On Reinvention and Remission: Chef Elle Simone Scott Is Paving the Way for Women of Color in the Culinary Industry

Chef Elle Simone Scott (Kevin Eduard White)

Detroit native chef Elle Simone Scott is one of the scintillating on-air talents and food stylists on America’s Test Kitchen. Her rich roots and passion for culinary arts were inspired by cooking with her grandmother at a very young age; years later, she’d moonlight in the hospitality industry after earning credentials from Eastern Michigan University to be a social worker.

“I always worked at least two jobs, and if one of them was cooking, I was very happy,” says Scott.


After getting laid off from her position as a social worker—and eventually hitting rock bottom—she explored opportunities in the culinary field.

“I cannot say that [culinary] was really my choice; it was very organic. The only other thing I loved was food and cooking. I lost my home, car, everything—that’s how my first real cooking job came about. I decided to work on a major cruise line.”

Four years after her full-time transition into the hospitality industry, Scott enrolled in culinary school—and quickly learned how complicated the business can be. An internship with the Food Network provided her initial exposure to culinary media, food styling and networking with established peers, eventually allowing her to gain culinary clients of her own.

Shortly after, she pursued her master’s degree in entertainment business from Full Sail University and transitioned into a career as a culinary producer: a multifaceted position that dabbles in all areas on set to run a smooth production. Her experience now includes being the culinary producer of season 2 of Bravo’s hit television show Chef Roble and Company, Throwdown With Bobby Flay and the Cooking Channel.


Progressing her way through a multilayered industry, she landed more exceptional positions, working alongside The Chew’s Carla Hall at the Barbados Food, Wine and Rum Festival and becoming a food stylist for Michael Symon and Daphne Oz.

Courtesy of Elle Simone Scott

Blossoming in the culinary industry has been a blessing, but despite her qualifications, Scott has experienced disappointment in the field she loves, being passed up for many opportunities. She explains:

I vividly remember being called by the hiring manager of a major network with excitement in her voice, [calling me] the “perfect candidate.” I was told that I’d be moving to the next round of interviews, and then I didn’t get a call back. Inquiring about the follow-up, I was met with her less-than-enthusiastic—almost bothered—tone. The job was given to a young woman who just finished her internship—she was white.

That’s just one example, and there are quite a few—each one heartbreaking and disconcerting. The takeaway for me was that when something new or different is happening, it’s always met with resistance. I always knew that it was my personal mission to end these cycles by breaking down these barriers. I later learned that like any building, there’s ways to get in other than the front door; I began to curate my career, diversify my résumé and make myself marketable.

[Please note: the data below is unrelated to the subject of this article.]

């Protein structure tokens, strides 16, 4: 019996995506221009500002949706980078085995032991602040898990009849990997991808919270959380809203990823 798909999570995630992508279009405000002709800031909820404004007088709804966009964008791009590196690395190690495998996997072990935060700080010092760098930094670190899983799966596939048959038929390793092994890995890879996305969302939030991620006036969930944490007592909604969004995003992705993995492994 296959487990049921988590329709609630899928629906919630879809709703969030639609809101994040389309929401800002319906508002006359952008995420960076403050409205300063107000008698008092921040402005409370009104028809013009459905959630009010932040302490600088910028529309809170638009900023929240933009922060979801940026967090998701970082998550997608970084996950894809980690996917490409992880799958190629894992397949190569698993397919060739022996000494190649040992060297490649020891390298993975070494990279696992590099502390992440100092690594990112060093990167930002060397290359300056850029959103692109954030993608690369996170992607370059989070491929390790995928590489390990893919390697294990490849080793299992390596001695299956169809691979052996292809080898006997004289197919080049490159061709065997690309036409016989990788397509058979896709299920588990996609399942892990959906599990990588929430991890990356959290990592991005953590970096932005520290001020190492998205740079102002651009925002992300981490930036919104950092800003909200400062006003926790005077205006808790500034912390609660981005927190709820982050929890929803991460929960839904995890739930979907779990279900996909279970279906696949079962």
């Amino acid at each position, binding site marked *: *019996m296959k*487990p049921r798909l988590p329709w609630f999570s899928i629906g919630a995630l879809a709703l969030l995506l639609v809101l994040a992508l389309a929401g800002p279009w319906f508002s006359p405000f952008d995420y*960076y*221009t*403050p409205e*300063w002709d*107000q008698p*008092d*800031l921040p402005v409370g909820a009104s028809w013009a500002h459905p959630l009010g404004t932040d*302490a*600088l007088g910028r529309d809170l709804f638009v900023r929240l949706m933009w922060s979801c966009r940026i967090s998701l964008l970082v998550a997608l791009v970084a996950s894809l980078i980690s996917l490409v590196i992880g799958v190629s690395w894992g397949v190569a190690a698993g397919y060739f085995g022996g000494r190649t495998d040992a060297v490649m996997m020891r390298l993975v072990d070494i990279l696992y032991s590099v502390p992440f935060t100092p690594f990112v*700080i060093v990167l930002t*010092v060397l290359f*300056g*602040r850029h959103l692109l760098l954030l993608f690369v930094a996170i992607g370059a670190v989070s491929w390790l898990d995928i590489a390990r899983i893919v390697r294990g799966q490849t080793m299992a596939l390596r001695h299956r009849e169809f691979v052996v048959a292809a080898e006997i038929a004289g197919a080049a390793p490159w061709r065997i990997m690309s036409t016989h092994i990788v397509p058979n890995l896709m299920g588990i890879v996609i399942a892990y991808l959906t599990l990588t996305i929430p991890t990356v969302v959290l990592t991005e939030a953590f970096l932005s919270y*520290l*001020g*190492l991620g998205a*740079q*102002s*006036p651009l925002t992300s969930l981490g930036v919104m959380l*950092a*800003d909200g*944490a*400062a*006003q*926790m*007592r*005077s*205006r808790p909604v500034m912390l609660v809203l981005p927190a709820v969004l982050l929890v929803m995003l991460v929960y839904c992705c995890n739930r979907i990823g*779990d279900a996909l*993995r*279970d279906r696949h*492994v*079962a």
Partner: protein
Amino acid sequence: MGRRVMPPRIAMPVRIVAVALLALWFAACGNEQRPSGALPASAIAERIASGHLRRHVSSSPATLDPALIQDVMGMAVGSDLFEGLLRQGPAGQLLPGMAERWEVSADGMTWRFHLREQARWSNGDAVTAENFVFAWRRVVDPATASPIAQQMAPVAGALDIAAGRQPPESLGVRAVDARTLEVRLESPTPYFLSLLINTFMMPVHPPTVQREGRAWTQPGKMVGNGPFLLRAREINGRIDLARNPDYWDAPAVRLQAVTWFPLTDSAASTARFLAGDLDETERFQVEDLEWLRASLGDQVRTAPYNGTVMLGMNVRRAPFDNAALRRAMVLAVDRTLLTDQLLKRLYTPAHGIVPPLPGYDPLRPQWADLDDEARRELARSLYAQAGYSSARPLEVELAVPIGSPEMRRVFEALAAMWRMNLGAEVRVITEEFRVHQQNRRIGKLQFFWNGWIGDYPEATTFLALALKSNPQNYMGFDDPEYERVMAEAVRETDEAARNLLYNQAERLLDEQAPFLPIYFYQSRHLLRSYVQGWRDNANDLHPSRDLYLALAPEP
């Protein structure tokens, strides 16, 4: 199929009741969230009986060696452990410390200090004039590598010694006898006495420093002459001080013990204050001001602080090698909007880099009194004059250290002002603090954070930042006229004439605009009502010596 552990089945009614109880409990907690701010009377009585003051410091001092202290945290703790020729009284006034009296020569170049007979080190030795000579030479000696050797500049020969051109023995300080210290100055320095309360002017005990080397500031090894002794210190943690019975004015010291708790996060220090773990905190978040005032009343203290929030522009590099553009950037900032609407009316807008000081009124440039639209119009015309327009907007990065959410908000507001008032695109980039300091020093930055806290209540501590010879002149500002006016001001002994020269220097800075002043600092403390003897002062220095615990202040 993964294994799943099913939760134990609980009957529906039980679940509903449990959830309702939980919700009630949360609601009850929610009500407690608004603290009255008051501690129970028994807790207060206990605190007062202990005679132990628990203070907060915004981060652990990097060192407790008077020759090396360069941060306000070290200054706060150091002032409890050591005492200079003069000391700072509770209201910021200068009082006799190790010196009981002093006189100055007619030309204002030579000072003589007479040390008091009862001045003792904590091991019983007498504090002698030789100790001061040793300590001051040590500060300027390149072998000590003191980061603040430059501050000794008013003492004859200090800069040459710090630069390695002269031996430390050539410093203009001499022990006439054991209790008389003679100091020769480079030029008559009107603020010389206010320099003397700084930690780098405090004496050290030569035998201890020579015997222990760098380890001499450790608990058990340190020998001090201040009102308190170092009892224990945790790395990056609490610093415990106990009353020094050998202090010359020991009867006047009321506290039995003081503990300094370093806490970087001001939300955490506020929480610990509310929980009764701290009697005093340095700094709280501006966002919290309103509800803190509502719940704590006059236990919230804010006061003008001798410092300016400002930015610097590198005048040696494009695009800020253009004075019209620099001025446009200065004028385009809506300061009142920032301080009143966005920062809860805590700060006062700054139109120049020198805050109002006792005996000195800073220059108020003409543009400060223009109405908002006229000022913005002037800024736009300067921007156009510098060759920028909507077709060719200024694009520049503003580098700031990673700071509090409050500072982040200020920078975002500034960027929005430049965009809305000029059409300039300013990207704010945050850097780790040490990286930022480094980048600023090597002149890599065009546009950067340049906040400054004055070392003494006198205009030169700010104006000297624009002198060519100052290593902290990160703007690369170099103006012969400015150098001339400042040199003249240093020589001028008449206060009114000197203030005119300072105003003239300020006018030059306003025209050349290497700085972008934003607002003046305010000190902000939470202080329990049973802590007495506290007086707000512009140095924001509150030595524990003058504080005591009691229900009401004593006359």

And she did—Scott is the founder of SheChef, a culinary mentorship and leadership program for aspiring women chefs and professionals.

In a male-dominated industry, chef Elle noted that food styling and culinary production are not. “These are probably two of few areas dominated by women, [but] women of color remain a minority in these areas.” She cites culinary producers like like Ma’at Zachary and owners of Powerhouse Productions Rochelle Brown and Sonia Armstead as excellent examples in the industry, while Rosecleer-Marie Powell and Sade Aguila are two of many slaying the food styling game.


But Scott’s rise in the culinary world was interrupted by her diagnosis with stage 1C, grade 3 ovarian cancer—a cancerous tumor resting on her right ovary. Enduring six rounds of chemotherapy over a five-month period and laparoscopic surgery removing her ovary and right fallopian tube, she experienced emotional and physical changes.

“I dealt with perpetual nausea but never once vomited, extreme fatigue and worked all about a total of eight days within that five-month period,” she says. “I was on a large amount of steroids, getting medication—Taxol and Carboplatin—intravenously and gained 23 pounds that I’m still struggling to lose. I couldn’t eat much unless it was salty; lost all of my hair, even my eyelashes. I had my last round of chemo at the end of January 2017.”


She credited cancer with curing her of “personal vanity” and opts to spend more time being “present,” valuing life a bit more. This January will mark a year in remission, but whenever she experiences aches, pains and changes that aren’t documented as side effects, she’s a bit skeptical.

“Anyone having unattended health issues: GO TO THE DOCTOR!” she urges. “I feel like people of color, especially black Americans, have issues with approaching health care in this country—not that I blame them one bit. As it relates to cancer and most other diseases, early detection can and possibly will save your life. Genetic testing is a new tool for detection; request it and accept it if offered. As clichéd as it sounds, stay positive. I believe healing begins in the mind and resonates through the body.”


Scott advises fighters and survivors to embrace their feelings—good or bad. Despite others’ perspectives, take as much rest as needed and do as many things you enjoy as you can. “Cancer is what you had or have, not who you are,” she says. Women like Elle prove that the sky’s the limit; we’ll be looking forward to her future endeavors.

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About the author

Latoya Shauntay Snell

Latoya Shauntay Snell is a chef, photographer and founder of RunningFatChef, a food-and-fitness blog that documents her experiences as a plus-size ultramarathoner and obstacle-course racer.